At 12:06 AM, Blogger Henry said...

{grin}

I love the "psycho-genius" part. I just makes me chuckle....

I'm not much of a poetry lover, but maybe I'll check out some of Demento-Boy's works.

BG: The colors! That red is fantastic; the corona around his head is amazing! EP definitely looks like he's up to no good... LOL

 
At 11:04 AM, Blogger Pérola Negra said...

hi... it´s that photo or painted i like... very much... when i see this, to the first time on the flick , immedialtly i was inlive with him...

i have learn more about him... and, now... i think a like your painted, your hand´s in the painted.. maybe... rrsssssss...
sorry, i didn´t speak well your language...

bye

 
At 2:35 PM, Blogger elvira black said...

Henry:

Thanks guy. I am not much of a poetry maven myself, but guys like Pound and Yeats? Well, I think that after the Higher Power made them, (S)he broke the mold.

Poetry is pretty much of a dead art, I guess. Not that people don't still write it, but I think the only truly popular "poetry" nowadays is that found in lyrics, which is cool.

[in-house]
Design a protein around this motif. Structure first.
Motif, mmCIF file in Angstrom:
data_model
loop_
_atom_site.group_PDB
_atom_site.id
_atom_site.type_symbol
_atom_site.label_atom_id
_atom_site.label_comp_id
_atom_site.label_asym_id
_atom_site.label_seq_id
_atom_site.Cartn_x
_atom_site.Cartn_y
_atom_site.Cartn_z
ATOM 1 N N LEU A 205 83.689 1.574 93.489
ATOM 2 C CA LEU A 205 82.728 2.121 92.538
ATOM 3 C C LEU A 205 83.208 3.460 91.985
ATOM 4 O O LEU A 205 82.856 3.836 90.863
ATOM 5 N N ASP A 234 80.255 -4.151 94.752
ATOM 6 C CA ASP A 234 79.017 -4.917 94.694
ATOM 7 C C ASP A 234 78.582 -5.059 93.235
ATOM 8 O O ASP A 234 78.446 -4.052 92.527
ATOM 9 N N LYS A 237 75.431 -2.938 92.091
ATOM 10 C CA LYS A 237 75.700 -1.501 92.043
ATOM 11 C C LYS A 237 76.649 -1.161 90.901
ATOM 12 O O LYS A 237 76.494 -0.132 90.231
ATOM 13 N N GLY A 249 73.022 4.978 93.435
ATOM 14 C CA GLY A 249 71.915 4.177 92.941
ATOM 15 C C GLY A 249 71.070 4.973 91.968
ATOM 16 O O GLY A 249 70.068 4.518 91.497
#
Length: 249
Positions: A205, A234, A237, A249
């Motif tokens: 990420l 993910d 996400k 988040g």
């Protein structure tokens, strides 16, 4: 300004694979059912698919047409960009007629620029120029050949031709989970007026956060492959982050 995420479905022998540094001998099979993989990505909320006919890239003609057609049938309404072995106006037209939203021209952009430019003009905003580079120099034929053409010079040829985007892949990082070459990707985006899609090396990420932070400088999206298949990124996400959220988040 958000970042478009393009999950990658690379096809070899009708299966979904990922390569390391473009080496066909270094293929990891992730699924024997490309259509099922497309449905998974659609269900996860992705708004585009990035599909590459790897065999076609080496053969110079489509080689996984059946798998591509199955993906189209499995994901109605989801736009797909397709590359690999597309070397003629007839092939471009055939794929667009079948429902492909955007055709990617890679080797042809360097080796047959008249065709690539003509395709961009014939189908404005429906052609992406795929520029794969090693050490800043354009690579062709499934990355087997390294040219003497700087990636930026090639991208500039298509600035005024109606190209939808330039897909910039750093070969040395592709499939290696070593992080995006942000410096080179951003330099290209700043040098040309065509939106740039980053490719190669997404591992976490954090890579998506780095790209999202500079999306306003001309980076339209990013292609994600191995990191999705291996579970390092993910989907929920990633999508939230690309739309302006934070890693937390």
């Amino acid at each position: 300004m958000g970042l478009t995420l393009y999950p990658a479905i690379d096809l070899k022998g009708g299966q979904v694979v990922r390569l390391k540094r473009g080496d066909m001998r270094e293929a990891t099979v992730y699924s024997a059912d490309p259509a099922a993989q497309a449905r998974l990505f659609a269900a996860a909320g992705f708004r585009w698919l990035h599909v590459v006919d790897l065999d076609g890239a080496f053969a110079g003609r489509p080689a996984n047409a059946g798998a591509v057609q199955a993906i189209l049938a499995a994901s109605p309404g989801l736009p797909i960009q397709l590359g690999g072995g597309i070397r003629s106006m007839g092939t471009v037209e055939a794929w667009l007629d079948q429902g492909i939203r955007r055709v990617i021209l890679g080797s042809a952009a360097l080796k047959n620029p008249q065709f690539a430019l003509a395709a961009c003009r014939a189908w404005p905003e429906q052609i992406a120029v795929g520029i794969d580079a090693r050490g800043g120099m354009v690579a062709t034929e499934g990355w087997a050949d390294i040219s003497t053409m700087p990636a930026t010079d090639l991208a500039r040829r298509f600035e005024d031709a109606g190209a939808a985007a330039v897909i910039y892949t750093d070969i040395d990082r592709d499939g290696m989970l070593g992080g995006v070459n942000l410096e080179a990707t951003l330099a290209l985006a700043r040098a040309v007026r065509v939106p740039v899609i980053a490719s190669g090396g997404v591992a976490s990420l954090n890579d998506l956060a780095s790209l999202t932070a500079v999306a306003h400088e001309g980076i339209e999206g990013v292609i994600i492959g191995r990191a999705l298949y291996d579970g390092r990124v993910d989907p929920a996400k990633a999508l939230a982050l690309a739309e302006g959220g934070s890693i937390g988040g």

But I have never attempted poetry, and just couldn't imagine ever topping what these geniuses accomplished. There may very well be some truly awesome poetry still being written, but there's simply not much of a popular venue for it nowadays. Though I know there's still poetry readings and literary mags, not too many poetry books find their way onto the NY Times bestseller list, if you catch my drift.

And thanks for the compli's on the painting itself. Being a computerphobe, BG has kept his distance from this blog, but I know he thinks the comments I've read to him from you are as funny and flattering as hell.

Ervilha--hey, nice name! I get your drift, and I thank you. For some reason, I've discovered that some people from other lands have checked out this blog. Perhaps that is due to BG's art, which goes beyond language barriers. In any case, thanks again. I think your photography is awesome.